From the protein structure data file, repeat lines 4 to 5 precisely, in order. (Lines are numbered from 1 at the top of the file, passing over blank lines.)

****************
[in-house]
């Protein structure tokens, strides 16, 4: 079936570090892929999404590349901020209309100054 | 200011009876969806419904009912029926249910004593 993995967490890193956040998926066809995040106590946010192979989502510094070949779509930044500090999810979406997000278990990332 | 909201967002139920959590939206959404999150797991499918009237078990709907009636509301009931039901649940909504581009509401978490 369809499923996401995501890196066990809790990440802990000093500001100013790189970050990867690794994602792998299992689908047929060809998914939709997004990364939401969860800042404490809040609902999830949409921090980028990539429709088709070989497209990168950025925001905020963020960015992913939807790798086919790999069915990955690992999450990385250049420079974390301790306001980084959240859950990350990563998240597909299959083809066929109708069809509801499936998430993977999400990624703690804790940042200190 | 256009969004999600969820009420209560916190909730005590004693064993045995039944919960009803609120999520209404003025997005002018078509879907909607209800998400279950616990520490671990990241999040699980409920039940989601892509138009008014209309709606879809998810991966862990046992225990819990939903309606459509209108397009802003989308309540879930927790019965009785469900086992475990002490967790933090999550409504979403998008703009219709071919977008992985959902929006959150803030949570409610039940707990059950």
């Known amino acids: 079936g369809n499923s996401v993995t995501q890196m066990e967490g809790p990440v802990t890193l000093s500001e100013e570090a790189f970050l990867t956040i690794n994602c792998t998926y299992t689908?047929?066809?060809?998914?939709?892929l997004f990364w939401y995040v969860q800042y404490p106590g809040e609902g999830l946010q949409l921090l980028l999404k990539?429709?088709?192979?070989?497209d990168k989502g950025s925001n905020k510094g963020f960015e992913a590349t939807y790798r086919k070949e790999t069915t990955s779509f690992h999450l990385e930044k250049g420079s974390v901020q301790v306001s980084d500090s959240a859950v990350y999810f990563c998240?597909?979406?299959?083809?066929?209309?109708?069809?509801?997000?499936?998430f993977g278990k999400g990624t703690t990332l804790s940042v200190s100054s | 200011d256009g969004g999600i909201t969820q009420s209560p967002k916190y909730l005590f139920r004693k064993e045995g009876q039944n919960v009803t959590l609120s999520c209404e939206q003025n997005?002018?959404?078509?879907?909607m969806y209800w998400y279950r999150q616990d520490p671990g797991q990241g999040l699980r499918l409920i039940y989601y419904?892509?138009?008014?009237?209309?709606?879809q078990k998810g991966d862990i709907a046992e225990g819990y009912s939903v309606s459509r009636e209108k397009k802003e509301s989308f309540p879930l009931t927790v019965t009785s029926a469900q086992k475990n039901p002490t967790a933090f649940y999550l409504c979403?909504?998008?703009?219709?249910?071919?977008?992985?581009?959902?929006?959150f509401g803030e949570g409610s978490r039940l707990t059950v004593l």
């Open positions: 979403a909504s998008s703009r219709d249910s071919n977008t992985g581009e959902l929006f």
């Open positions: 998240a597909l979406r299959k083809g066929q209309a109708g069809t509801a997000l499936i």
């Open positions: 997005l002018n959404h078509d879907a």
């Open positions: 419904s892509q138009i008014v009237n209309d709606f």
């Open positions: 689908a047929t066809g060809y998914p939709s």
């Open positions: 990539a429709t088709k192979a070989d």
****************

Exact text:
């Open positions: 979403a909504s998008s703009r219709d249910s071919n977008t992985g581009e959902l929006f």
């Open positions: 998240a597909l979406r299959k083809g066929q209309a109708g069809t509801a997000l499936i």